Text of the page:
ties during the full terme of the aaid six yeares three busholls
of oorne or six pounds of tobacco, at the undertaker's choyse.

" Fifthly, The aaid undertaken shall durcing the alloreaaid
terme bestow fifty pounds per annum in hose and sboesc, to bo
brought over for the collonie's use, to be sould unto them for
corne at six shillings per bushel!.

"Sixthly, That at the end of the said terme of six yeares the



whole trade shall returne to the use and henetite of the said
collonic as before.

" Lastly, if the atfuresaid undertakers, after they have ac-
quainted their friends in England with the covenants, doe
(upon the first returne) resolve to jierforrue them, and under-
take to discharge the debtes of the said collony according to
the true lueaning and intcnte of these prcsentes, then they are
(upon such notice given) to stand in full force; otherwise all
things to remaine as formerly they were, and a true accounte to
be given to the said collonie of the disposing of all things ac-
cording to the former order."

Thus was the connection of the colony with the mer-
chant adventurers dissolved. The guarantors of the
debt at once took steps to develop the trade whose
monopoly they had secured ; and after familiarizing
the inland tribes with the use of wampum, which
they introduced as a circulating medium, their opera-
tions iu furs and other commodities, which they
shipped to England, became sufficiently large to en-
able them to liquidate the debt within the specified
time. The wampum used by the Pilgrims, specimens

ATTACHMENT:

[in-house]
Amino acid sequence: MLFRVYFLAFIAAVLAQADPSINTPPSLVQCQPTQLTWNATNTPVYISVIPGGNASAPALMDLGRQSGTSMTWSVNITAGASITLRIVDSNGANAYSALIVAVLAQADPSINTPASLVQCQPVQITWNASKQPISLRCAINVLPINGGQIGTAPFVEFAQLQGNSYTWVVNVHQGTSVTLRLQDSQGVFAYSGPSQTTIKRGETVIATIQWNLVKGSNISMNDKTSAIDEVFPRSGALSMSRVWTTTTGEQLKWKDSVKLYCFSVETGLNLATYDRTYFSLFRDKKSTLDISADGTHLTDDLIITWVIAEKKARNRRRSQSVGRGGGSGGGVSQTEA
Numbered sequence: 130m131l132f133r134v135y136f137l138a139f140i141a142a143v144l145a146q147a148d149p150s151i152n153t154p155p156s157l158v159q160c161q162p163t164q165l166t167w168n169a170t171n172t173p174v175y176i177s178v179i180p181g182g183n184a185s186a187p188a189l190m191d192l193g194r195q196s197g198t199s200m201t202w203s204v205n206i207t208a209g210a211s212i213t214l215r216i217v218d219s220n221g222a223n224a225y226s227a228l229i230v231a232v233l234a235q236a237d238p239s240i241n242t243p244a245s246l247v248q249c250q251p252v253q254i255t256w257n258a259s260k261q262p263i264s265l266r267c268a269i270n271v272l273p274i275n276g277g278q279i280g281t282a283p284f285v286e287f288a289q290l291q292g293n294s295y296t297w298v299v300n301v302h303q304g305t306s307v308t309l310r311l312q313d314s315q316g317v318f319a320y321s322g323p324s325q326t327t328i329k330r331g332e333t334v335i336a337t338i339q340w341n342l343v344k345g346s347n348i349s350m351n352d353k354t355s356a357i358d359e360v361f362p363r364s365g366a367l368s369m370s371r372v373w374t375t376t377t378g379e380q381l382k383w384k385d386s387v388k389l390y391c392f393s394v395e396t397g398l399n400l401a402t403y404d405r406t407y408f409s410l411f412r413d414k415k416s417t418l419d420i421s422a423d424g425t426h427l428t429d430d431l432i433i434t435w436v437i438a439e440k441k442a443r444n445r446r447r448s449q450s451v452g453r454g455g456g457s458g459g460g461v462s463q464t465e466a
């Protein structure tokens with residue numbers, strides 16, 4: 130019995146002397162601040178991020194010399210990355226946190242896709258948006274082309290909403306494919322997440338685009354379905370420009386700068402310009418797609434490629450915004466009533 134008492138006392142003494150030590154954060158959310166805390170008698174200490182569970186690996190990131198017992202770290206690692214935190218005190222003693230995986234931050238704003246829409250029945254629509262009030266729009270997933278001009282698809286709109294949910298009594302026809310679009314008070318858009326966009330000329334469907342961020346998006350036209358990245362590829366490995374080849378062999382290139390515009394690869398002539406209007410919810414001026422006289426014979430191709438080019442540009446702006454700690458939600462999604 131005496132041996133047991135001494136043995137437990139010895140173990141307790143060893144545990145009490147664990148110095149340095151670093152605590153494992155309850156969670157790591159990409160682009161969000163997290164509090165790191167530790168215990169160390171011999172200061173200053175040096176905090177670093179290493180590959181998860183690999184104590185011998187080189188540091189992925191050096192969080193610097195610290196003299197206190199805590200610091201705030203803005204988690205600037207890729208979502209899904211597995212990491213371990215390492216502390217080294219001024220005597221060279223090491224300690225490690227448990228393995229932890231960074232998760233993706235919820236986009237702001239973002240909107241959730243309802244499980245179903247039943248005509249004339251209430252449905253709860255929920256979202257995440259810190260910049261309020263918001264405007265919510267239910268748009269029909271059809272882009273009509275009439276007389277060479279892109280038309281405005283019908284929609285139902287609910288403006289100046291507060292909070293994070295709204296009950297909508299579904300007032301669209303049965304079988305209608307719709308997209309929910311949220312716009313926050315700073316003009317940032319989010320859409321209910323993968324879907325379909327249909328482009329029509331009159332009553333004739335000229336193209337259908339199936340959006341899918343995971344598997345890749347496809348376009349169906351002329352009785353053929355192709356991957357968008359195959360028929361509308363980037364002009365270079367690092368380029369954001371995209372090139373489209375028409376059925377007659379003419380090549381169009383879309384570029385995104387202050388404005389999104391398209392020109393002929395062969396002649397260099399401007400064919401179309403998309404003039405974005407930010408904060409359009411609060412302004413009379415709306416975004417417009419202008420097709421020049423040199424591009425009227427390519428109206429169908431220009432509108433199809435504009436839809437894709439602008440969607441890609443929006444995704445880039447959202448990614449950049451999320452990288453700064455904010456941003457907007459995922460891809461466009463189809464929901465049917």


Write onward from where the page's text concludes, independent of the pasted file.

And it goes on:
of which are preserved in Pilgrim Hall, was made
from the purple and white parts of the quaw-haug
shell, round, about a sixteenth of an inch thick, and
a little more than a quarter of an inch in diameter,
with a hole in the middle for stringing on strings of
bark or hemp, the purple and white alternating on
the string, the purple of double the value of the
white, and the whole rated at five shillings per
fathom. On such a currency the foundation of the
commercial prosperity of New England was laid.
Without it, it is possible that the effort at coloniza-
tion would have been a failure. It is difficult to
imagine the desperate condition from which at this
period the colony succeeded in extricating itself. Less
than three hundred strong, surrounded by savages
and the forest, sheltered by thatched huts from the
winter's cold, insufficiently clothed and fed, looking
out from their windows on the graves of husbands
and wives and parents and children, borrowing money
iu England at an interest of fifty per cent., and bur-
dened with a debt larger per capita than our national
debt at the close of the war; at this critical period,
the very turning-point in their enterprise, when